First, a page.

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24 May 2019updated 07 Jun 2021 4:24pm

Boris Johnson has embraced the prospect of a no-deal Brexit

By Eleni Courea

Boris Johnson has set out his stall on Brexit and it’s bad news for moderate Tories.

Speaking at a conference in Switzerland shortly after May’s resignation, he said that “a new leader will have the opportunity to do things differently and have the momentum of a new administration. We will leave the EU on October 31, deal or no deal. The way to get a good deal is to prepare for a no deal.”

His words suggest that should he succeed May, he’ll go back to the European Union and try to renegotiate the deal, but that if he fails to get a satisfactory outcome, he won’t seek another extension and instead press ahead with a no deal Brexit.

It’s a challenge to the group of 60 or so moderate One Nation Conservatives – led by Amber Rudd and Damian Green – who’ve taken it upon themselves to prevent no deal.

Many of them are resigned to the prospect of Johnson becoming prime minister. Particularly in the event of a run-off between the two frontliners, Johnson and Dominic Raab, they’re expected to back Johnson as he’s seen as likelier to compromise than Raab, who is a hardliner. In Johnson they see potential for liberalism and modernisation, dating back to his days as mayor of London.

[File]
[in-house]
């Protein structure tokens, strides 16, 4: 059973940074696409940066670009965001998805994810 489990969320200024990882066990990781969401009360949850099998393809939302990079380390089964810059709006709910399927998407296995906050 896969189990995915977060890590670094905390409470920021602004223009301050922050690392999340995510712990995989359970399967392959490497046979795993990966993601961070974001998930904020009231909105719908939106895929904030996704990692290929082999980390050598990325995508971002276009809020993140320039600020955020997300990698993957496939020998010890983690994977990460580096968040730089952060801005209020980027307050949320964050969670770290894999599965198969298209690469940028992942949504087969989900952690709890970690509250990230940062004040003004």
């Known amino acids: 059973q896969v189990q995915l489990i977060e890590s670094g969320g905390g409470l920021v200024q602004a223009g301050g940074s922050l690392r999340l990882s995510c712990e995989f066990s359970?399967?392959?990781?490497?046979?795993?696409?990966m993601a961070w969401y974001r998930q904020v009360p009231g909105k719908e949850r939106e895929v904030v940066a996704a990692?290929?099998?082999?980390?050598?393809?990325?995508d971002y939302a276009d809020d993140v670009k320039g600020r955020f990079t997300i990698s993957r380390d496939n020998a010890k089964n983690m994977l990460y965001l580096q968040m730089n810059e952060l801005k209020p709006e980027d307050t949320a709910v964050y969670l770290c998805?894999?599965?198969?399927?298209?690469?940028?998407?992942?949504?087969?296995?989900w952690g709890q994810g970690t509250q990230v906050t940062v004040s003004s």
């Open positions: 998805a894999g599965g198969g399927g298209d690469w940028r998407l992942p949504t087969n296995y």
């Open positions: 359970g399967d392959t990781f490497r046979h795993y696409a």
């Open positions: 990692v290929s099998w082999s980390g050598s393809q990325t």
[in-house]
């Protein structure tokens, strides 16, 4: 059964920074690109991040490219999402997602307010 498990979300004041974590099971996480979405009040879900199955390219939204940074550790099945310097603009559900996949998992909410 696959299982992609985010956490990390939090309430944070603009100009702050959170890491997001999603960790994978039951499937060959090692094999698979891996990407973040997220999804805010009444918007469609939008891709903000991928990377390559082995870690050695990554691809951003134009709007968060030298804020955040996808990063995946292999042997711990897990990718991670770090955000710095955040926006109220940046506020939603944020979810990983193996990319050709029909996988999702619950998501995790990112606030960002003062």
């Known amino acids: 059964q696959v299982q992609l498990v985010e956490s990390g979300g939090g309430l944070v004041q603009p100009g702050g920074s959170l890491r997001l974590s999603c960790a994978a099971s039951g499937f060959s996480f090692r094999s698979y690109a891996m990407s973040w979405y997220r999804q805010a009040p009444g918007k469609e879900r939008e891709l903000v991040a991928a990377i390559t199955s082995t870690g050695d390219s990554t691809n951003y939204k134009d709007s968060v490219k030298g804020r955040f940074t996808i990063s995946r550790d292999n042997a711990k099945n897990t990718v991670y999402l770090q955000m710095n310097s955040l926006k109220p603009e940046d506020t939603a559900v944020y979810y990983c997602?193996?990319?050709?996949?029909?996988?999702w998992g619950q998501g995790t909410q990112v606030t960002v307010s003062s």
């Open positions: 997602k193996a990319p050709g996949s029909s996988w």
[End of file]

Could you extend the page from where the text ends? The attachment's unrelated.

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For his part, Johnson has opened his arms to the One Nation group, tweeting that he shared all their principles and beliefs: “One Nation values have never been more important.” Prominent moderates were hopeful of trading their support for senior cabinet jobs and a Brexit compromise.

But now, Johnson’s made it clear that he has no qualms about pursuing a no-deal Brexit – a position that will no doubt make him yet more popular with the party membership. It’s effectively a challenge to One Nation Tories: “stop me if you can”.

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